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International Journal of Innovation, Creativity and Change. Volume 13, Issue 9, 2020 328 which can be decoded and understood only when Holden is able to learn from his mistakes and accepts others with love. Key words: T rauma, A lienation, L oneliness, C orruption, R ye . Introduction There is no doubt that literature is the mirror of life, which reflects all human themes and topics. Literature , as with other sciences , develops and changes to cope with the fluctuations of time. The first step here is to introduce and define certain concepts that are borrowed from other sciences , especially psycholo gy , to provide a broader understanding of the paper. The first is the term trauma . It has a Latin origin from the word rauma , which is taken from the Greek word Traumatikos . It means a wound of the body that is serious , but it is not limited to only physical wounds , as it can refer to any major emotion al wound that leads to psychological harm or an incident, which in turn leads to observable pain or it is an emotional response to a terrible event that describes events th at cause suffering, sorrow, and agony , and overcomes the ability of an individual to bear or to handle ( Abubakar & Abubakar, 2017 ). The other concept that is encompassed in th is , which means the feelings of separation and distancing of the individual from people or the self . It is referred to in certain sciences , such as philosophy, the social sciences, and literature , that are the essential point of contemporary life. The prevalent reference of the concept is derived from the German philosopher , Hegel. Hegel posits that from the gap between human consciousness and the natural world, between the inner world and the outer world (Edward Quinn, 2006). 2010) , T he Catc her in the Rye (1945 1946) , is referred to as a psychological work that depend s entirely up on the interpretation of Holden , who discloses incidents that are later explained by the hero. Moreover, the readers will grasp the results of these actions on Holde of episodes , ha s taken flashbacks as a major means , in addition to an unlimited number of digressions that enrich the details of the work. The function of the digressions is to provide a profound understanding of the different events and characters who encounter Holden throughout the novel , and how he reacts to them. The author employs digre ssions to give detailed description s about the protagonist , and the way he perceives these details. The entire narration of the novel occurs within a period of four days . During this period, Holden has made his choice to quit school at Pencey Prep before t he declaration of his official dismissal. After this incident, he decides to hang around for a few days in New York and begins his odyssey by himself . Subsequently, he must manage how to encounter his family with this disturbing news after finally return in g home. Eventually, when he returns home, he suffer s an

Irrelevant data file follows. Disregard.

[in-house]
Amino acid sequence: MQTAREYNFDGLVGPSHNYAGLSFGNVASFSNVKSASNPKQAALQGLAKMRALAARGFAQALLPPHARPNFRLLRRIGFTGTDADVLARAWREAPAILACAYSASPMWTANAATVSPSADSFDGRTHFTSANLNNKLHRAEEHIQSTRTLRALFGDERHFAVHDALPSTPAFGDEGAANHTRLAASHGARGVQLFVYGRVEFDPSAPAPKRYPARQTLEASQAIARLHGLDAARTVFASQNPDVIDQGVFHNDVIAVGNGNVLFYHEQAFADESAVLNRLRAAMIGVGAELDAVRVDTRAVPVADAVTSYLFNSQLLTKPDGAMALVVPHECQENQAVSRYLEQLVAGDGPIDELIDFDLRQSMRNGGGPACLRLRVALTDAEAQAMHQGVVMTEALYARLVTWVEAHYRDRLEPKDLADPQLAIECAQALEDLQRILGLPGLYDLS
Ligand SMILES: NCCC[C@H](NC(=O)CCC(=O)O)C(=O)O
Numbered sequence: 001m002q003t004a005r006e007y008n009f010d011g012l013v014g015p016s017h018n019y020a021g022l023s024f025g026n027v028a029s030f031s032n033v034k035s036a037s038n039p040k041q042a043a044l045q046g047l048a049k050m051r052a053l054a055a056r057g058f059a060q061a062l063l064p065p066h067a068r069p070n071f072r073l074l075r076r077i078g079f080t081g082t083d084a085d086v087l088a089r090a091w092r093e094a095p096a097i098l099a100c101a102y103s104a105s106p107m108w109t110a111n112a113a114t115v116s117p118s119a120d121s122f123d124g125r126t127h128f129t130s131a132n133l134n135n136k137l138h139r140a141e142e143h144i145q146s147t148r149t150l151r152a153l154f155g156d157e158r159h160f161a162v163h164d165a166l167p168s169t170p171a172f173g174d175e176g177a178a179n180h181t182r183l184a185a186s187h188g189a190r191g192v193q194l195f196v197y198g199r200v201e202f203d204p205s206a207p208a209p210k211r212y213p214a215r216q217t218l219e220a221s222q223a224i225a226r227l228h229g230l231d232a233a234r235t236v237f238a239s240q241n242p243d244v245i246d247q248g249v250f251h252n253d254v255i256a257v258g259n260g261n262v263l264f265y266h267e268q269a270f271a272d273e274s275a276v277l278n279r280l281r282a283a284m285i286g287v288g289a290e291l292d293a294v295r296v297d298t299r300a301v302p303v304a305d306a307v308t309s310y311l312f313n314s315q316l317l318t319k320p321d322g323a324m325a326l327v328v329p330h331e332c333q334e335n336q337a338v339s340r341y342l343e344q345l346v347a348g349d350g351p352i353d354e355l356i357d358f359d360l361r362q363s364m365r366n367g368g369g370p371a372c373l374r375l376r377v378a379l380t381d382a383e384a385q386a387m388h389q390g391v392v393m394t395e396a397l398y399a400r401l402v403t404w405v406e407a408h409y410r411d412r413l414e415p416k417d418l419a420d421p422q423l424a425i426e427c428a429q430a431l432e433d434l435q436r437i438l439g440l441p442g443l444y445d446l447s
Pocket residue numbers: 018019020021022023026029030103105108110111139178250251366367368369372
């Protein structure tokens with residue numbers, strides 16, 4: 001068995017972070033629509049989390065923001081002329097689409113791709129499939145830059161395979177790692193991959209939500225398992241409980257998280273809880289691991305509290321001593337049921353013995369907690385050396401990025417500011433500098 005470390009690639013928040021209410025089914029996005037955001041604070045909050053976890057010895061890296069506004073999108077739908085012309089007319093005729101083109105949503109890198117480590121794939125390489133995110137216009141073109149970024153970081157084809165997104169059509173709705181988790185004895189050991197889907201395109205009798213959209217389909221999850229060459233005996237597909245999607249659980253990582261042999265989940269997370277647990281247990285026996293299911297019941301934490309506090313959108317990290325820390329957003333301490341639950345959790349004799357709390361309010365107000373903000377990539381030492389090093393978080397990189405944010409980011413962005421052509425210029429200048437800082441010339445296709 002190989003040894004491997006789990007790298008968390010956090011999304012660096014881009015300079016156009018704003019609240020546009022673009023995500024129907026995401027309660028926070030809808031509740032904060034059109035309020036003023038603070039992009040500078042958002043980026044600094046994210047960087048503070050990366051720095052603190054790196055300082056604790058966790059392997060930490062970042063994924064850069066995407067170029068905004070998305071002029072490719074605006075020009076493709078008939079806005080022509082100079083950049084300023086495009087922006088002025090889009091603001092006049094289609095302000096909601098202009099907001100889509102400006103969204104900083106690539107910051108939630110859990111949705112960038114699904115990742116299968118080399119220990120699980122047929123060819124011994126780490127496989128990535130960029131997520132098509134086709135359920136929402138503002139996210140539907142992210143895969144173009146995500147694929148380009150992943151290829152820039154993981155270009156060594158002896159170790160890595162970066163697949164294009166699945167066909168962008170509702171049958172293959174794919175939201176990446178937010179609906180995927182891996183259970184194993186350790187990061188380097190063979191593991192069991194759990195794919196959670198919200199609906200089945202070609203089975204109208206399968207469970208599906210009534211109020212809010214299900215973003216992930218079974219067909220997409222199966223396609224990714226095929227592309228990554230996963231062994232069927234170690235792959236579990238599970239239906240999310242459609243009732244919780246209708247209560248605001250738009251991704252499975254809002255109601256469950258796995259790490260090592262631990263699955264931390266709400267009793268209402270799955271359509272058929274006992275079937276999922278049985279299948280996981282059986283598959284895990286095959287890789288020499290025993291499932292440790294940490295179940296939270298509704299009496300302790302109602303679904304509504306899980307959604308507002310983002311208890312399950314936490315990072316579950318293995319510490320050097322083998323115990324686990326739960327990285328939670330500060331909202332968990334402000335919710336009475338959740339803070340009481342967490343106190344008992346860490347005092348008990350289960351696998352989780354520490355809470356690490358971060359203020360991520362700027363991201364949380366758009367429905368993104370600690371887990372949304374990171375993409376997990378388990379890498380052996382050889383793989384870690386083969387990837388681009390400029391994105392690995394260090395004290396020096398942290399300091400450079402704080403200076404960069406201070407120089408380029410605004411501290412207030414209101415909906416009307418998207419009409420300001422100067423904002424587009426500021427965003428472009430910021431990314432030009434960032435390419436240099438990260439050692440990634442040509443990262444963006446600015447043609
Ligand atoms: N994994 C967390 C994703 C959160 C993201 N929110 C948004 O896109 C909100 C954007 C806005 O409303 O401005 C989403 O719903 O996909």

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International Journal of Innovation, Creativity and Change. Volume 13, Issue 9, 2020 329 emotional and psychological breakdown , which leads him to settle in a psychiatric institution to rest and to be treated (Harold Bloom, 2007). The sense of alienation and disaffection fills all aspect , especially his relations with his parents and sister , and h is opinion s towards feelings as love , and relations as marriage or toward s systemati s ed religious conviction. Th is sense of estrangement inflicts Holden from the beginning of th e novel ; he feels himself alienated from his parents, society, and the world. In the city, , so he is not suffering from the material, but he is distressed and ashamed by his school disappointments. Though he is detached from all his family members, he loves his younger sister , Phoebe , whom he appreciates greatly, and he considers her as a peaceful resort. As for his older brother D. B., he thinks that he is sold out when he goes to Hollywood to present his movie scripts for producers , and he is indirectly significant to his family for moving him around from one : over the cliff (Harold Bloom, 2009). Holden is fighting with all his power to reserve the innocence of childhood. He is unable to p erceive or understand and he fails to accept that being mature means the loss of that innocence . H e is on the path that leads to that world, where there is no friend or family to stop or hold him from falling (J. D. Salinger, 1991) . of the deceptive and fruitless attempt that causes his personal life to be come totally distinct, and the irrationality of attempting to thwart the loss or distortion of innocence, does not halt him to continue attempting to eliminate the vulgarities he en counters himself , as referred to by the critic , Ihab Hassan , who stated that : picaresque the book shows itself to be concerned far less with the education or imitati on of an adolescent than with a dramatic exposure of the manner in which ideals are denied accuse to our lives and of the modes which mendacity assumes in our urban culture. The moving, even stabbling qualities of the novel derive, even to some extent, fro satirical stance. The work, instead, confirms the saving grace of vulnerability, its protest, debunking and indictments presuppose a willing responsiveness on the part of its hero (Sarah Graham, 2007) . on the support of his deceased brother as an indication of developing irrationality rather than an imaginative protection of himself. Throughout the novel, several times Holden refers to